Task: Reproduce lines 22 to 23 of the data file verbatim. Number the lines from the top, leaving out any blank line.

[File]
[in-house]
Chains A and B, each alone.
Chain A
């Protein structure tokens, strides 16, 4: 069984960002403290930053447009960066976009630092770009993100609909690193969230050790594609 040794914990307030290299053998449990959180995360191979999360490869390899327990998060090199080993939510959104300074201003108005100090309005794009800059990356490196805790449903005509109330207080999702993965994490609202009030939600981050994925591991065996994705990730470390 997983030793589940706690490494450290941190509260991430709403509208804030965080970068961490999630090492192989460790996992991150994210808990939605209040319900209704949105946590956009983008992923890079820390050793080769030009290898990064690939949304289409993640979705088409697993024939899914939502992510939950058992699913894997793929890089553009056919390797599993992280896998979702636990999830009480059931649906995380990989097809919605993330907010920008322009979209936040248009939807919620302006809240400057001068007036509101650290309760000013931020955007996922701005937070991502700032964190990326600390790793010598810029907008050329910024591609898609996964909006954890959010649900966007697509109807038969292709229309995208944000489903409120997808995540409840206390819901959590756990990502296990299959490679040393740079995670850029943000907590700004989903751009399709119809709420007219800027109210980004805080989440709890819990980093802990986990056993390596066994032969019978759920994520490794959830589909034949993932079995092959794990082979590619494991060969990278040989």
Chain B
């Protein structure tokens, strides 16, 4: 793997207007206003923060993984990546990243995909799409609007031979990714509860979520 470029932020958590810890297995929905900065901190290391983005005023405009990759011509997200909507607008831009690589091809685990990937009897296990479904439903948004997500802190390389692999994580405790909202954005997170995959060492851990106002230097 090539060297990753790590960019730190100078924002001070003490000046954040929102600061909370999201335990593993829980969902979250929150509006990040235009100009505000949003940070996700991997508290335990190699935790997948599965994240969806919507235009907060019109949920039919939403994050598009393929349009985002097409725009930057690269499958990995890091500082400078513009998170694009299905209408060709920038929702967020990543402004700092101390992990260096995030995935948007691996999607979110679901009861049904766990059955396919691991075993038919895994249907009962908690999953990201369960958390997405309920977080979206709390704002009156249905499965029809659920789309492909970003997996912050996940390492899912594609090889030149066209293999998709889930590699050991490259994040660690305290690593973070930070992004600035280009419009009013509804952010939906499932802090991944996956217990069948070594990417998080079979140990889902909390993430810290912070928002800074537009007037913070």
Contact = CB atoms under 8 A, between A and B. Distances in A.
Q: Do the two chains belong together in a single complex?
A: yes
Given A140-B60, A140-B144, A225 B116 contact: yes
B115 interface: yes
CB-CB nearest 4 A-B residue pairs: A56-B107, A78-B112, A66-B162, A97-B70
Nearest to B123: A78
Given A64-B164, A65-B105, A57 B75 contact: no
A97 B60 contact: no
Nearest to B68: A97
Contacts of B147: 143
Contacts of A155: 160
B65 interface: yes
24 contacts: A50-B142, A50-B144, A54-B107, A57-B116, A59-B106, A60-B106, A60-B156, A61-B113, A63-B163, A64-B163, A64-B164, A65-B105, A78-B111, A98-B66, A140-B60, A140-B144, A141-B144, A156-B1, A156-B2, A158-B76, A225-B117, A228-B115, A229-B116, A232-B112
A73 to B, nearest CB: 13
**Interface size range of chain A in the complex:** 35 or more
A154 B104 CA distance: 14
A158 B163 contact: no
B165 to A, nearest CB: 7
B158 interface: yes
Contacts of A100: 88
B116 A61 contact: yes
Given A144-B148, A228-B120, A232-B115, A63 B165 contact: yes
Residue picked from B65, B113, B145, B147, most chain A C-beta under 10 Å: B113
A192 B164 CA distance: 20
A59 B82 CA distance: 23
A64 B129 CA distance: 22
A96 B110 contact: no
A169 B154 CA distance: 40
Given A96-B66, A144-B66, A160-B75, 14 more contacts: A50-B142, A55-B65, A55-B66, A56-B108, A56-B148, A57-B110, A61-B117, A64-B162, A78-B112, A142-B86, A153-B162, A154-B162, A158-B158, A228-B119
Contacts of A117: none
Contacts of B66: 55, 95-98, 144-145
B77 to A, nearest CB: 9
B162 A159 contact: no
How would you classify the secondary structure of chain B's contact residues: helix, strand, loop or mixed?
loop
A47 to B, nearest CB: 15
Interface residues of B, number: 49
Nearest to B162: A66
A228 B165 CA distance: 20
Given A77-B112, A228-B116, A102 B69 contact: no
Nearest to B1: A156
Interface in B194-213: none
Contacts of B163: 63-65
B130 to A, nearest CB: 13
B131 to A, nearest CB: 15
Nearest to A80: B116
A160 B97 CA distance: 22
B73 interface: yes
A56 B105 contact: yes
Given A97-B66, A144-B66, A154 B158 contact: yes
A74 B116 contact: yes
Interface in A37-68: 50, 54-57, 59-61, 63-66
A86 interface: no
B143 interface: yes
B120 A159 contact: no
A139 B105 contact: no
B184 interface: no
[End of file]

**Interface size range of chain A in the complex:** 35 or more
A154 B104 CA distance: 14